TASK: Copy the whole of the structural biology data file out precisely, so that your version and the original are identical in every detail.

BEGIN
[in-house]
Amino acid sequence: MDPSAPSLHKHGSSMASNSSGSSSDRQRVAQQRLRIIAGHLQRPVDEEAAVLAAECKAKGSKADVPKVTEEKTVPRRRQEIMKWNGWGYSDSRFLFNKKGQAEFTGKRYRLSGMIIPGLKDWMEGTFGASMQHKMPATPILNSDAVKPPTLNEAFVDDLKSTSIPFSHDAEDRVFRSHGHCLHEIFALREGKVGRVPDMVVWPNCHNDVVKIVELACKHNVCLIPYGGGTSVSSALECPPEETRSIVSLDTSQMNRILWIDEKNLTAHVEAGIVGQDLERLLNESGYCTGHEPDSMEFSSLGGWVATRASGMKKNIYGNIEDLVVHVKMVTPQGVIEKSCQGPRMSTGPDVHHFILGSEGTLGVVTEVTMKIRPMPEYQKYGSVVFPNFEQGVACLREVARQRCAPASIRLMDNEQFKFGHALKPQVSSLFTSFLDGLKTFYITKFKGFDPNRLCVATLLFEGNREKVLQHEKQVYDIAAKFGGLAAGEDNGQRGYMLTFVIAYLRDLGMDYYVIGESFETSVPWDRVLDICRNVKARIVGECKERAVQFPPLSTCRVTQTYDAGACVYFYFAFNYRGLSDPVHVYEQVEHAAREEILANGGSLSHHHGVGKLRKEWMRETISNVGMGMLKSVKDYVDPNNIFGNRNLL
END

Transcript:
[in-house]
Amino acid sequence: MDPSAPSLHKHGSSMASNSSGSSSDRQRVAQQRLRIIAGHLQRPVDEEAAVLAAECKAKGSKADVPKVTEEKTVPRRRQEIMKWNGWGYSDSRFLFNKKGQAEFTGKRYRLSGMIIPGLKDWMEGTFGASMQHKMPATPILNSDAVKPPTLNEAFVDDLKSTSIPFSHDAEDRVFRSHGHCLHEIFALREGKVGRVPDMVVWPNCHNDVVKIVELACKHNVCLIPYGGGTSVSSALECPPEETRSIVSLDTSQMNRILWIDEKNLTAHVEAGIVGQDLERLLNESGYCTGHEPDSMEFSSLGGWVATRASGMKKNIYGNIEDLVVHVKMVTPQGVIEKSCQGPRMSTGPDVHHFILGSEGTLGVVTEVTMKIRPMPEYQKYGSVVFPNFEQGVACLREVARQRCAPASIRLMDNEQFKFGHALKPQVSSLFTSFLDGLKTFYITKFKGFDPNRLCVATLLFEGNREKVLQHEKQVYDIAAKFGGLAAGEDNGQRGYMLTFVIAYLRDLGMDYYVIGESFETSVPWDRVLDICRNVKARIVGECKERAVQFPPLSTCRVTQTYDAGACVYFYFAFNYRGLSDPVHVYEQVEHAAREEILANGGSLSHHHGVGKLRKEWMRETISNVGMGMLKSVKDYVDPNNIFGNRNLL